1971 Vibrolux Reverb

Vibrolux Reverb

I actually can't remember where I got this amp. I want to say Ebay or Craigslist, it was something like that, but seriously, I just can't remember. Oh well. I think it was in July of 2000.

I have played and owned a fair share of Fender amps over the last 35 years, including brownface Bassmans, Twins (very short lived romance), and right before this one, a '63 Showman + homebuilt 2 x 12 cab with JBLs - my Dick Dale rig - which I loved, but got tired of carrying around, and was too freakin' loud for most club gigs. I decided I wanted a combo I could carry easily, and thought a Vibrolux would be perfect. Although I love the older Brown and Tweed Fenders, I wanted the reverb built in (one less thing to carry), so was thinking Blackface. But I found this one, and thought "eh, why not, I can always ditch it if I don't like it."

I did like it. While I was never enamored with silverfaces in general, I've played some good ones, and this one is a real good one. The date stamp is Sept 1971, with the name J. Castillo. (his name is in a bunch of Fender amps from this period). The 6L6 tubes it came with looked to be the original "Fender Design" tubes, but I have since replaced them with Ruby 6L6s. Yes, I have had amps with NOS RCAs before, and yes, I like them - but these days, NOS 6L6s are a crapshoot, both in reliability and tone, and not cheap; so I made the decision to go with a new production tube. Between you and me, I think people get far too worked up over power tubes and not worked up enough over preamp tubes, but we'll keep that our little secret.

I replaced the 5U4 rectifier with an NOS mid-50's RCA, really not necessary, but price was right, and I'm goofy for retro shit, so why not. Some folks like the GZ34 in these amps, but I think they sound like a solid state rectifier in lower watt amps, which I don't like. The amp is plenty responsive enough with the 5U4, and I like that sag when you really dig in. Makes it sound like it's being abused. Not to mention, with a GZ34, you gotta make sure you re-bias properly and make sure the tranny can handle the increase in voltage. Vibroluxes are noted for having somewhat underpowered trannys, which help give them their sound, but pushing that further doesn't strike me as a good idea.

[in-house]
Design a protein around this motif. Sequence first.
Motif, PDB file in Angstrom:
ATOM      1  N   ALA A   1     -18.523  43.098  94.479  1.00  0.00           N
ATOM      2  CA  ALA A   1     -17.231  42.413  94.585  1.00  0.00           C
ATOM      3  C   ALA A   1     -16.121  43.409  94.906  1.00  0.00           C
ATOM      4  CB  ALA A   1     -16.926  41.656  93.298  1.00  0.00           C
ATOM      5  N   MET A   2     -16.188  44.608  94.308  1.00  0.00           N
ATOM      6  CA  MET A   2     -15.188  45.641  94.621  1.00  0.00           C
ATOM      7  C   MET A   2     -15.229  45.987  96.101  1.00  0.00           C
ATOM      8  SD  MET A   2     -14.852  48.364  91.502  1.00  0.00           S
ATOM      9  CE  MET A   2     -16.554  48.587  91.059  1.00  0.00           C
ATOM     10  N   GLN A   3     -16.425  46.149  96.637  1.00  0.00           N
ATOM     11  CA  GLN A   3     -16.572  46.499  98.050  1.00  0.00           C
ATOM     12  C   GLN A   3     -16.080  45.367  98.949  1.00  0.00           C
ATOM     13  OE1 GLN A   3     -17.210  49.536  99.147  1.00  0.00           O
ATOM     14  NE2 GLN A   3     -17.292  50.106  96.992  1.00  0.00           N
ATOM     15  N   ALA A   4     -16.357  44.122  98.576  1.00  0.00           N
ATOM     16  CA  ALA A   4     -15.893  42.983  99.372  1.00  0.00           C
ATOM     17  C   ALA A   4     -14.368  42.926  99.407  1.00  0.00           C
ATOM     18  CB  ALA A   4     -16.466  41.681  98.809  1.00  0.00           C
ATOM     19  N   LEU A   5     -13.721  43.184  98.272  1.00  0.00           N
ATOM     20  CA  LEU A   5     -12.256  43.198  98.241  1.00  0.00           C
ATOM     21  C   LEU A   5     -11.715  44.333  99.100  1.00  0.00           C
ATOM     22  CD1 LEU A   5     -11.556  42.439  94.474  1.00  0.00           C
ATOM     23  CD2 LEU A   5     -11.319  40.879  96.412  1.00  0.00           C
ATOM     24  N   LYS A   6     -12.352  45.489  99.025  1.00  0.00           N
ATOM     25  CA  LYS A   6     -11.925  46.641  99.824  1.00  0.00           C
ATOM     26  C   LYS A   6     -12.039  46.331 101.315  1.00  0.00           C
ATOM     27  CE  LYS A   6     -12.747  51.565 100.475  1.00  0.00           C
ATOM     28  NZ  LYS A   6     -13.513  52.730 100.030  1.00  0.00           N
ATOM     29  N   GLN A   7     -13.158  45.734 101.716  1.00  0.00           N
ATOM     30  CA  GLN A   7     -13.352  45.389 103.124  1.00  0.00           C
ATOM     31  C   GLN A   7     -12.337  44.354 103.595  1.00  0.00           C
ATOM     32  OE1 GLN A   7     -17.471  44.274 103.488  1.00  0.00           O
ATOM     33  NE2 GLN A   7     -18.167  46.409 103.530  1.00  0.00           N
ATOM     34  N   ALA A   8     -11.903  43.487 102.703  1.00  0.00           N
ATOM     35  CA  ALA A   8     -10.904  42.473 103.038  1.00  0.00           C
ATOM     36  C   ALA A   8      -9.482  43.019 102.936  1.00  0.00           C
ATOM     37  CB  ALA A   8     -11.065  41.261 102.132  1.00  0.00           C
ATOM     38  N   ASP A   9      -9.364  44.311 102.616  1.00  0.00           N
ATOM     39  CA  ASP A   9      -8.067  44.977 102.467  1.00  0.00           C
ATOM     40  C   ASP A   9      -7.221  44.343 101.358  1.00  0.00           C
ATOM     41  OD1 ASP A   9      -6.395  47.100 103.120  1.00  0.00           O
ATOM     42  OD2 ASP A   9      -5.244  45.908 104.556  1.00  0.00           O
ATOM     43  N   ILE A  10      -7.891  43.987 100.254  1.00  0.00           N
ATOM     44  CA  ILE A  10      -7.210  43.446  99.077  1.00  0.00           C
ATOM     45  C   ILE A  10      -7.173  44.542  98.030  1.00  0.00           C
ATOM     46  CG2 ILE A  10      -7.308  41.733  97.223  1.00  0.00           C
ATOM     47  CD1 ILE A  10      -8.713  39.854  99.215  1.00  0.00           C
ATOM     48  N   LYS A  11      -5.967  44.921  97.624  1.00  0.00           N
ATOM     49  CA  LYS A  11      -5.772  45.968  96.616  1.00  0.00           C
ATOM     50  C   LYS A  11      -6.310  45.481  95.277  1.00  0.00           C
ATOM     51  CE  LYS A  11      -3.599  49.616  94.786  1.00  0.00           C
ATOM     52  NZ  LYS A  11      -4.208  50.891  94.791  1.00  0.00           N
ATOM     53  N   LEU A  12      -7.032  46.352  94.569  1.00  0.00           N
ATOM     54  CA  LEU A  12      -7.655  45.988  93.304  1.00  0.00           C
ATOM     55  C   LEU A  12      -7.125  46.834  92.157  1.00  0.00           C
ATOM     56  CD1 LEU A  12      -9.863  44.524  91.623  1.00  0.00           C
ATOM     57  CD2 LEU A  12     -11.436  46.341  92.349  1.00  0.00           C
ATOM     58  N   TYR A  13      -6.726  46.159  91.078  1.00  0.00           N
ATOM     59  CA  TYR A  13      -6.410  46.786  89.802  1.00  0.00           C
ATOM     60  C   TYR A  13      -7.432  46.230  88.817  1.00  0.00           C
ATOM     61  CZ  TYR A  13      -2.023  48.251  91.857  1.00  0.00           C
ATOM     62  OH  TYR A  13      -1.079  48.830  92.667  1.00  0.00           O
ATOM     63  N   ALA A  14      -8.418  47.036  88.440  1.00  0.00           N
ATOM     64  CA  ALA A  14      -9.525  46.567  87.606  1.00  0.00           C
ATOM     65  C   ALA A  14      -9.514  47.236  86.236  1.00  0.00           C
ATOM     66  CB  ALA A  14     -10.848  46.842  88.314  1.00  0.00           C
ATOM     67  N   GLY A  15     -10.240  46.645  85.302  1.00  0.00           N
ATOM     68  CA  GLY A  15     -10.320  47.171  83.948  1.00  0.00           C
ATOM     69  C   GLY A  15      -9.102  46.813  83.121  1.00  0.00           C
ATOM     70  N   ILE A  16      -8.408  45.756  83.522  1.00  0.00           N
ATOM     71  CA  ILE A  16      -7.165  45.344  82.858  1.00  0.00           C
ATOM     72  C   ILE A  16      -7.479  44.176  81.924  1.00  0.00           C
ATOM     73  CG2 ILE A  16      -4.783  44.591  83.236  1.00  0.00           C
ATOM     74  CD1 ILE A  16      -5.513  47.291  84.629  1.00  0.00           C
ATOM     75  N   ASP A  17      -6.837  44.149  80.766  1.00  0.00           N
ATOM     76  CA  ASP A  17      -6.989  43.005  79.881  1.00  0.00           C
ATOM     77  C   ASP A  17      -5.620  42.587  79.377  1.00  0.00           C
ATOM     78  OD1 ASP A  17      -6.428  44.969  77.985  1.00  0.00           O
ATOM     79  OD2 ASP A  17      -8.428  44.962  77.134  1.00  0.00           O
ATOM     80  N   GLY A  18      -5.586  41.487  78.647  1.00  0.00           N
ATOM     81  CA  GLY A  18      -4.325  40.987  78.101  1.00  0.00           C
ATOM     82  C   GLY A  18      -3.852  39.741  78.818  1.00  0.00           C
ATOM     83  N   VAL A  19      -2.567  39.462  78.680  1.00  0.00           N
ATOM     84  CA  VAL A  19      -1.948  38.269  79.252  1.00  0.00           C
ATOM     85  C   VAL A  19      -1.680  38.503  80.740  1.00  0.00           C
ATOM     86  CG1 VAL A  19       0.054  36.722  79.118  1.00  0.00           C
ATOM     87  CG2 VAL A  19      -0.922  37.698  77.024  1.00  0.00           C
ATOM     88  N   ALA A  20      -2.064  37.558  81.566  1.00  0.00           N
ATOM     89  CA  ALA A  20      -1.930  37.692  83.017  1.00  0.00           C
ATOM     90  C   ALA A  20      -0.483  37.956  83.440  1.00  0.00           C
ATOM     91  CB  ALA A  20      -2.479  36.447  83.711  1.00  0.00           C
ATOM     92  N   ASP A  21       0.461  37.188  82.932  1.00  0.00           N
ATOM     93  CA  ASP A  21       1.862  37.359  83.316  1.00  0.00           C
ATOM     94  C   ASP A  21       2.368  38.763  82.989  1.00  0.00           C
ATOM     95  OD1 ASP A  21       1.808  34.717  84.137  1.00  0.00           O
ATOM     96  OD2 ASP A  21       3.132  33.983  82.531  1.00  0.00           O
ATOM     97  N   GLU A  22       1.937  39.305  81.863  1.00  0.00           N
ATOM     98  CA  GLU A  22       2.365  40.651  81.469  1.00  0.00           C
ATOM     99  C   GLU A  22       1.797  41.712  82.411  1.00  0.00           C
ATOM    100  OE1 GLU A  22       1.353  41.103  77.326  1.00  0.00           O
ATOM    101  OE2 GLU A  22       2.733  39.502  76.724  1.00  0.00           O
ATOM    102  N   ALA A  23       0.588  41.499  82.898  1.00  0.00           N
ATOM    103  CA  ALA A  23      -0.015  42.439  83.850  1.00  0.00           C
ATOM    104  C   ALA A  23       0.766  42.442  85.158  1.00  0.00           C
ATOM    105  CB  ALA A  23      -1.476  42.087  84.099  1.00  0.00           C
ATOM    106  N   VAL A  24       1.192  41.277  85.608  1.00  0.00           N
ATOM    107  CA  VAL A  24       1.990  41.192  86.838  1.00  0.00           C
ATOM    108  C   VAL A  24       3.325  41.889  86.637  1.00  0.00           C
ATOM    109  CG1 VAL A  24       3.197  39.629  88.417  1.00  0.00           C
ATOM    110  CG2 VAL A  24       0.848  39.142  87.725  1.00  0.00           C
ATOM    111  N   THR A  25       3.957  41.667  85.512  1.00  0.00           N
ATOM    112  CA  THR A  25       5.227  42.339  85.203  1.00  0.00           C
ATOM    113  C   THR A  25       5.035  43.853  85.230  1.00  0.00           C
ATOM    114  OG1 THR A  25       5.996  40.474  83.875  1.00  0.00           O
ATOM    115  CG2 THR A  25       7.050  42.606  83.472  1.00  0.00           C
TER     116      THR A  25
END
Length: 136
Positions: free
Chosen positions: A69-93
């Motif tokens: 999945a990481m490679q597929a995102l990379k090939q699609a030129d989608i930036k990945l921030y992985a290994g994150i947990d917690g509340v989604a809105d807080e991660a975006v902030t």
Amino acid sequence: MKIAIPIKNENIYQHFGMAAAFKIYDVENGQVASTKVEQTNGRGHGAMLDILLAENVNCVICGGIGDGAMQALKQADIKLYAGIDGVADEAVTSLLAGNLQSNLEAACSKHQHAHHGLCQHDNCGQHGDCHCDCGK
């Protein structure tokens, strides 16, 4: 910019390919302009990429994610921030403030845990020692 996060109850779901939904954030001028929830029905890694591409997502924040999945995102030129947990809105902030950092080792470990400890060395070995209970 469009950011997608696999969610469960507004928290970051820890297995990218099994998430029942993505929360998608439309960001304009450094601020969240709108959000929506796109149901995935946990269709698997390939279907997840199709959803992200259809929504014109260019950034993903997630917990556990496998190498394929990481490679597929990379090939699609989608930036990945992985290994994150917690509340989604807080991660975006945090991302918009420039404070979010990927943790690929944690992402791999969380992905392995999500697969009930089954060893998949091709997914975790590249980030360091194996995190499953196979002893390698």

When I got it, it had a stock Fender 12AT7 in V2 , I guess to reduce gain, but sounded pretty blah, as AT7s can in vital "tone spots". So I yanked the 7025 from V1, which looked pretty shot anyways; stuck a '56 RCA blackplate in V2 (folks, this tube will shape most of your tone - don't scrimp here! The RCA blackplates really do sound incredible), and the stock 7025 in V4, the second most important tube in your amp. Much better. The V1 stage is empty , a common mod to slightly increase gain in V2, giving a slightly thicker, dirtier tone. Probably have to replace that V4 soon as well.

The amp has been "blackfaced" by Mike Nemeth of Twisted Wires, my go to amp tech. Seemed to be a real easy job for this circuit, change a few resistors, snip a few caps, done. He also recapped it, as many of the caps had fallen out of spec. I was thinking the difference would be subtle; it wasn't. People constantly remarked how much more open, smooth and solid the amp sounded, especially when being driven. I tend to agree. Up until say 3 on volume, the amp is a bit constricted (as tube amps are wont to be), but get to 4, and the thing opens up like a 25 cent whore.

The tremolo channel doesn't work or has been bypassed, which is fine. I think the trem tube is being used for the reverb driver, as most Vibroluxes I've played don't have a lot of reverb, but I can get drenched on about 5 on this amp. Yeah, Fender tremolo does sound awesome, but it's a good trade off. I'd rather use a tremolo pedal than a reverb pedal, as my Voodoo Labs trem sounds pretty good, while reverb pedals generally sound like shit.

The speakers it came with were the original blue label Oxfords, not my favorites, and were shot. I replaced them with Weber Alnico 10s (the Jensen style), which sound great - until one of them died on me. I was under the gun, needed to fix it, so threw in a reissue Jensen that Mike had. Turns out, the blend is pretty cool, and a plus is when recording, I have another tone to go to by micing one or the other speaker. I had used 12 inch speakers for a long time, but have become a convert to the 10s. I like the more responsive, crisper tone.

I don't glue my settings down, I will change them a little depending on the room and my whims, but generally I set treble between 7-10 (bright switch off), bass around 3 or 4. Reverb depends on the song, sometimes almost off, sometimes drenched. True to Vibrolux form, it starts to breakup nicely around 4 on the volume, which is pretty dang loud. A 40 watt amp is not half as loud as an 80 watt; common misconception. It doesn't work like that. (but it does sell higher wattage amps I guess).

People often think of a Vibrolux as a 2 speaker Super, a 2 x 10 Deluxe, or a scaled down Twin. It's not. (although I do love Supers and Deluxes). Vibroluxes have a character all their own, both in the breakup pattern and the response. Some folks point to the relatively weak power tranny. Even with the 5U4 sag, the response is quite sensitive. You can really control your sound with your picking approach. The flip side is, if your picking hand aint together, it will show on this amp. Unlike say a cranked Marshall or Boogie, which highly compress your picking dynamics, this amp will put out what you put in with alarming clarity.